Whether or not the Cybermen really needed this upgrade is open to question – the Cybermen haven’t been served so badly by the new series. It is, nevertheless, a sign of how rapidly modern Doctor Who wears out its spare parts that, seven years after the new model Cybermen made their first appearance, the time was considered right for a bit of literal rebooting.
Entrusted with the job of renovation, fan favourite Neil Gaiman has the graveyard sensibility to do justice to these particular walking dead; but what’s striking about his approach is how little he draws on this, choosing to channel instead a curious whimsy.
The tone is set from the minute the TARDIS lands. Shambolic showman Webley (Being Human’s Jason Watkins) dresses like the love child of Willy Wonka and the Mad Hatter, and acts like the White Rabbit, being late for a very important date with Dave’s Discount Interstellar Removals. The appearance of a golden ticket – apparently a wink to Wonka; actually a Chekhov’s gun – only completes the homage.
Like Lewis Carroll, Neil Gaiman is interested in chess – very interested in chess – and, in the sight of the reanimated Cyberman forcing its fool’s mate, the episode scores its first real hit. Inspired by the Eighteenth Century court sensation that, coincidentally or not, also influenced Moffat’s ‘The Girl in the Fireplace’, the Cyberman-that’s-really-a-fake-that’s-really-alive is, precisely because of its brokenness, a more effectively creepy proposition than the many upgraded models which follow later.
Hordes of CGI silver soldiers have their place, but to present the Cybermen as super-advanced circuitry in disco bodies is to diminish them, however good the graphics. Proper old-school shocks come from body horror, and there’s a brief, uncanny taste of it here, as the Cyberman weeps tears of swarming Cybermites.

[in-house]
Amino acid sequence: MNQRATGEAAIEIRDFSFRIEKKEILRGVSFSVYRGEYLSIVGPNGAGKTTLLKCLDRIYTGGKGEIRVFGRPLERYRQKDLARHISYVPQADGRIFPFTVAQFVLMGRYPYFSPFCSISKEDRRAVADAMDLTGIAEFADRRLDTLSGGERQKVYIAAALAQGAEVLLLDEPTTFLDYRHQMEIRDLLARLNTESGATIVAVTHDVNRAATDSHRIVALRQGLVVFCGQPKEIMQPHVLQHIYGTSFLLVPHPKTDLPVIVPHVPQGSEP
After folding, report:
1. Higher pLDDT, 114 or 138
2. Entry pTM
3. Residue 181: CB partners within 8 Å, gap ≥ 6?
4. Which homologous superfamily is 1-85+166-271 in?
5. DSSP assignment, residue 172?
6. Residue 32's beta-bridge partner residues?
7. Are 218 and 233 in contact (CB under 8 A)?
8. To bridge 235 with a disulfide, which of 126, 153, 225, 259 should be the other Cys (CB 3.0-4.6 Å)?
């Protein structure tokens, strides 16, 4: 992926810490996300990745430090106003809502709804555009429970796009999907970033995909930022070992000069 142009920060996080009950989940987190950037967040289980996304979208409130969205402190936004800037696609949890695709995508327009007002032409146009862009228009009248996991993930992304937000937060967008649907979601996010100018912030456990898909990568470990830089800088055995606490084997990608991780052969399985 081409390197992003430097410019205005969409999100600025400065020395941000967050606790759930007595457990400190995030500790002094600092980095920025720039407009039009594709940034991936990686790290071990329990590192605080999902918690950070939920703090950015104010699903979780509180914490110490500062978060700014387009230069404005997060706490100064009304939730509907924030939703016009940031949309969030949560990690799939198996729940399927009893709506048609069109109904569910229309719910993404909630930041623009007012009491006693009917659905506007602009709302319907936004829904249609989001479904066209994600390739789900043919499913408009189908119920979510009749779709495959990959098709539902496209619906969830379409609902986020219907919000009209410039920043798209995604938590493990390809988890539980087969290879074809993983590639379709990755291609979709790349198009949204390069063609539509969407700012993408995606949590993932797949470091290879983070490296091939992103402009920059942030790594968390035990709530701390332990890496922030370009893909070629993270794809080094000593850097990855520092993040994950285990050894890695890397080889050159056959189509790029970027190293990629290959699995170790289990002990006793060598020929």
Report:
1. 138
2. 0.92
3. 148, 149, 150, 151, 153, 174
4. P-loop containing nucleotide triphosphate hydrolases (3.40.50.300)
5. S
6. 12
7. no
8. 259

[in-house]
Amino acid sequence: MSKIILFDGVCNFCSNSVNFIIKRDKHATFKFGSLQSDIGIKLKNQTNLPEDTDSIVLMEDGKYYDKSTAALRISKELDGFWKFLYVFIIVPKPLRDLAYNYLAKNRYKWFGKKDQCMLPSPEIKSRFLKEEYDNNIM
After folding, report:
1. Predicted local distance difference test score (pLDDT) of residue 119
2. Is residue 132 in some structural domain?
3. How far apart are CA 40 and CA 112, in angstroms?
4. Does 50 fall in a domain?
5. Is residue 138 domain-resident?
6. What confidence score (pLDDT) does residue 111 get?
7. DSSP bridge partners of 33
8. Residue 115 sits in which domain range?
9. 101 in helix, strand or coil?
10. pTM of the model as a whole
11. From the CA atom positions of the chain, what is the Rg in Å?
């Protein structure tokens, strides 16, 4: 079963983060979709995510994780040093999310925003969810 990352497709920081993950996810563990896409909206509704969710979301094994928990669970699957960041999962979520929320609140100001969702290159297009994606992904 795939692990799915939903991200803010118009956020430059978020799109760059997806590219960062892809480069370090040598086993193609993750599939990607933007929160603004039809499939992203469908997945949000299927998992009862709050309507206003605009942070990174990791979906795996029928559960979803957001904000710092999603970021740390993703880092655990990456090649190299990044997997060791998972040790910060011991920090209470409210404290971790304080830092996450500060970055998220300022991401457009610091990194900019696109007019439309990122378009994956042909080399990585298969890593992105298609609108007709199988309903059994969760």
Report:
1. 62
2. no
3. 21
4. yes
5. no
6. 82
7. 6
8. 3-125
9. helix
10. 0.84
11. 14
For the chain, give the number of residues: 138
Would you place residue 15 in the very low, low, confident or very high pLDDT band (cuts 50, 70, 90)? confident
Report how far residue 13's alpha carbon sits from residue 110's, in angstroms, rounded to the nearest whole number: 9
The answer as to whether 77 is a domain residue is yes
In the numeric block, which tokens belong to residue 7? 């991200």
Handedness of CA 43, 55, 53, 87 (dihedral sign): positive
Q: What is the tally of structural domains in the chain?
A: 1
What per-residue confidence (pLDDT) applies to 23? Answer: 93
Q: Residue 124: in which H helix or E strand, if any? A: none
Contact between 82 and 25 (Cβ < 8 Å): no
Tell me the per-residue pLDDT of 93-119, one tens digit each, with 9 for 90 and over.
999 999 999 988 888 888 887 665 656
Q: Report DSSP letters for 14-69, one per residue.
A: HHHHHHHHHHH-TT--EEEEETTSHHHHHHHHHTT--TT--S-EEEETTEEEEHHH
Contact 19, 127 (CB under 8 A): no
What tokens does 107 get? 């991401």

Gaiman’s invention of these Cybermites – creatures which feel more authentically like Cybermats than Cybermats – shows just what a child of ‘60s Doctor Who he is. If you ever doubted that you were in the hands of a fan, it’s not the allusions to ‘The Moonbase’ or ‘The Tomb of the Cybermen’ that convince you, it’s the moment where Soldier Number Three reports that the weather controller is malfunctioning, causing storms, heatwaves and snow.
In such winks to the programme’s past, it’s surprising that the Grand Master of subversive fantasy is willing to be quite so cosy, and it’s certainly true that, for some viewers, this is a nightmare in name only. So it’s as well – or not, depending on your point of view – that there’s a teenager on hand to undercut all the fancifulness with a bit of eye-rolling disdain.
As child companions go, Angie and Artie aren’t too disastrous – then again, our expectations were low – but there’s an indulgent sentimentality to Angie’s characterisation at least: a willingness to see the geeky enthusiasms and genius leaps of logic beneath all the huffing and sulking. One can only imagine director Stephen Woolfenden urging her to teenage it up – ‘Could you say the line again with a rising sarcastic inflection? There’s a love!’ – but frankly, we’d have liked her more if she’d been an absolute monster.